On sectarianism

22 08 2020

I was listening to Hare Krishna content while doing things around the house (as I am wont to do these days) and I listened to first a talk and then an interview with devotees from two different parts of the world. The first was by an initiating guru and sannyasi with a reputation for conservatism and orthodoxy. But this time, his line was more that, if people were really doing proselytism, in this case distributing Srila Prabhupada’s books, there would be less inner tension within ISKCON itself. Internal strife according to this reasoning isn’t an impediment for preaching to others, but rather it’s a product of not preaching and focusing on internal problems. The interview was with another devotee who seems to be coming from a less controversial position. He helps run a temple in Utah, of all places, and has nothing but praise for the Mormons around him, stating that the Mormon church even helped build their temple.

That would come as a shock to those who know Mormons primarily as young and energetic missionaries riding their bicycles down the street and distributing books door to door. But how much of religious angst is due to becoming more and more insular and to demographic contraction instead of expansion?

Inevitably, I turn to Catholicism, and I can’t imagine thinking that Catholicism, the church of St. Paul and St. Francis Xavier, is a church driven by proselytism in 2020. The traditionalist movement itself was founded in large part by the former head of the largest missionary order in the Catholic Church at the time, and of course I am talking about Archbishop Marcel Lefebvre, who participated in Vatican II as the Superior General of the Holy Ghost Fathers. And as for the more liberal wings of the Church, they have almost renounced “evangelization” as a matter of principle.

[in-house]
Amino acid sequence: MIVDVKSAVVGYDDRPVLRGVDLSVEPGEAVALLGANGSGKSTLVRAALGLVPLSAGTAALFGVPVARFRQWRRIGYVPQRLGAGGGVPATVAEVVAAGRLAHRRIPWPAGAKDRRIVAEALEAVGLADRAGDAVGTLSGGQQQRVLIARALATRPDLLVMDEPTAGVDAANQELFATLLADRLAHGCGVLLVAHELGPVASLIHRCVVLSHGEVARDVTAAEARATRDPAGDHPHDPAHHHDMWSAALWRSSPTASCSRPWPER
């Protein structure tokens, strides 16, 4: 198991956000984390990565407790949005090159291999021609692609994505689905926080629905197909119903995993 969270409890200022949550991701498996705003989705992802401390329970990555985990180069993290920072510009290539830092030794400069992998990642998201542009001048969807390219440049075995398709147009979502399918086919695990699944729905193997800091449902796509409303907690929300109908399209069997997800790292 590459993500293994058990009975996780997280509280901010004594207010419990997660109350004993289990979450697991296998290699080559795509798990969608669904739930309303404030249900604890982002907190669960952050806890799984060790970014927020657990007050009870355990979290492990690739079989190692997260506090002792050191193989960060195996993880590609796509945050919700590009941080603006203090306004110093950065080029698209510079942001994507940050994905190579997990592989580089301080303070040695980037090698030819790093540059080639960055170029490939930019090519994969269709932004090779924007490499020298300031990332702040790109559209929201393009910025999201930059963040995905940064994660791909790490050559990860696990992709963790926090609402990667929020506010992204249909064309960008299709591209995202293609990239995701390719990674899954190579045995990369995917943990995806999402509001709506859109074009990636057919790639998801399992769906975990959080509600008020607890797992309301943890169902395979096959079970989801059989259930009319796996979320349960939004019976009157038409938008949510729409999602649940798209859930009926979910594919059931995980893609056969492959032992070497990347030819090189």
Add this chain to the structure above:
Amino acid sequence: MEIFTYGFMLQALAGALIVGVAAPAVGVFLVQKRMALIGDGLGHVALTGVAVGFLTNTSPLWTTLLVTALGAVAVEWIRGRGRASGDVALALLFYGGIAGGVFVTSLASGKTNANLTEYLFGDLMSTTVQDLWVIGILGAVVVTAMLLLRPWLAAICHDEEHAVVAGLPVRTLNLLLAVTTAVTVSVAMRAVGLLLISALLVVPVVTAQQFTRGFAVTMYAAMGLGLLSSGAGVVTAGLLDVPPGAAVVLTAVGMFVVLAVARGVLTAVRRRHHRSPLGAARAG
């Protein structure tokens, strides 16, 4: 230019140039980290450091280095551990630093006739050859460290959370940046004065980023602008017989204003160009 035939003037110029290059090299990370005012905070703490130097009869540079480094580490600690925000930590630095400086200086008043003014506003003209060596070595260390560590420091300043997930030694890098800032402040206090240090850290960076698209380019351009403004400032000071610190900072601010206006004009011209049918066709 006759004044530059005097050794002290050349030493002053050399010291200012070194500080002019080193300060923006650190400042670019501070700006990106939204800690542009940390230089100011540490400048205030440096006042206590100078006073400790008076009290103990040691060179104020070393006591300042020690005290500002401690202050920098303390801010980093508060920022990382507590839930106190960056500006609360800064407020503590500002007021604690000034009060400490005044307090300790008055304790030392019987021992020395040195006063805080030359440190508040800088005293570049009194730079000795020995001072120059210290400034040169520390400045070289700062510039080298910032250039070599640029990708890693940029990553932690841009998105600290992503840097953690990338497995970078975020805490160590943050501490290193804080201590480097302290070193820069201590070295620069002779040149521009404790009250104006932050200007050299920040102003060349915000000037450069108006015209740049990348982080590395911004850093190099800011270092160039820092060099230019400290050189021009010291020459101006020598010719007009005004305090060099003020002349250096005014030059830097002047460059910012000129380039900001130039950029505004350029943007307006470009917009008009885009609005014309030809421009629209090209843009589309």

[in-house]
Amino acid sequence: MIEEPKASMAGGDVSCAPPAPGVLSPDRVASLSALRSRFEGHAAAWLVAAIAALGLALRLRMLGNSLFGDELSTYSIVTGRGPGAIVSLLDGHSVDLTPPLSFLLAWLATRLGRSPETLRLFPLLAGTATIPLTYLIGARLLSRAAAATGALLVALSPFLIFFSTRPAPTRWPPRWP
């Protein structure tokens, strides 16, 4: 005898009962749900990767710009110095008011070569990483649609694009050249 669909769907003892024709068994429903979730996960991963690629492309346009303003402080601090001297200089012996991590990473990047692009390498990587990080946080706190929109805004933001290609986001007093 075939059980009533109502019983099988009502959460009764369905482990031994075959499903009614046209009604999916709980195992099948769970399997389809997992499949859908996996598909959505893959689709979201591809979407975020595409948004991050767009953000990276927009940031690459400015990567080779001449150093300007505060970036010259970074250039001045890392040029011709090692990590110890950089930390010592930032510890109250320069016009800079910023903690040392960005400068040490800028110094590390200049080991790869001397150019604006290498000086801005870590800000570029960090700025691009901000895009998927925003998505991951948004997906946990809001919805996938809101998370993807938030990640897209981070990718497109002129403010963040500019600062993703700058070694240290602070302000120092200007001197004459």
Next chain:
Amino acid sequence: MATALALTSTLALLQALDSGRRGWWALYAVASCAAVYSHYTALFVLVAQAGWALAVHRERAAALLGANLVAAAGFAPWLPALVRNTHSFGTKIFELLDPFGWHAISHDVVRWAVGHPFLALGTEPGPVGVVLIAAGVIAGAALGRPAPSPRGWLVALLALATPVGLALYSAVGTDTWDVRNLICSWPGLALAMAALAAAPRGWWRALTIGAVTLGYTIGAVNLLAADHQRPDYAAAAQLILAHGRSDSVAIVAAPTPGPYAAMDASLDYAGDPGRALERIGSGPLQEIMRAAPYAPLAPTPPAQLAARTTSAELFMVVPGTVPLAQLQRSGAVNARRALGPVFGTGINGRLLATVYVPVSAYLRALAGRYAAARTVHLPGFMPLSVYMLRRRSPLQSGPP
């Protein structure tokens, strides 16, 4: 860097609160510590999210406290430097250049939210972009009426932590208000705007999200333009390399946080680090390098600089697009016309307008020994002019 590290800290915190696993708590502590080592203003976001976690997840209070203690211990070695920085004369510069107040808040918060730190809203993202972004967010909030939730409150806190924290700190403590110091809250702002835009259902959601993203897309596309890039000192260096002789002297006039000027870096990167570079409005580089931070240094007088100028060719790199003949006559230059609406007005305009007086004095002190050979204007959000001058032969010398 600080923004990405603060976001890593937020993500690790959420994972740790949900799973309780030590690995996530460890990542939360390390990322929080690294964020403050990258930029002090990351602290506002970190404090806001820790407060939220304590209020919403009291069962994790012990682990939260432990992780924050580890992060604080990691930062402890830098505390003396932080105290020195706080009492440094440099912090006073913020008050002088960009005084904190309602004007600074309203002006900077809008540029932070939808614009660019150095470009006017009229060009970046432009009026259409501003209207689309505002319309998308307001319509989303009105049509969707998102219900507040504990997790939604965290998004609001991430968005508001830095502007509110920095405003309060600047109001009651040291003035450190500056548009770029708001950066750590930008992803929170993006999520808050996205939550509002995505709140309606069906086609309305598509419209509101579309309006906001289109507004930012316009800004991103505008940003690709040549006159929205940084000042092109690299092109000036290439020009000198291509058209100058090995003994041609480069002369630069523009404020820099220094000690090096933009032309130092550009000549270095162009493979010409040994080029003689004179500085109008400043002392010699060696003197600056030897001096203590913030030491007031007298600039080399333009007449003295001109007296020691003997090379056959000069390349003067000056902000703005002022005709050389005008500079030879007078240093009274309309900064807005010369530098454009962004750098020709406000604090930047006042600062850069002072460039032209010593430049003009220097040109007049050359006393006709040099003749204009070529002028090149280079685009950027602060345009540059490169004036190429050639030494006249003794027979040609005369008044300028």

Of course, John Paul II wanted to jump start evangelization, but with an utter lack of missionary vision (i.e. “What the heck would people be doing that for?”) as well as the inert mass that are average Catholics in the pew, of course the only two strong moods among Catholics today are indifference or outright hostility. Sectarianism is the fruit of institutional contraction: if people were actually doing something meaningful, they wouldn’t have the energy to focus on internal institutional strife.

You see it in the Catholic Church, you see it in ISKCON, and I imagine it’s everywhere.


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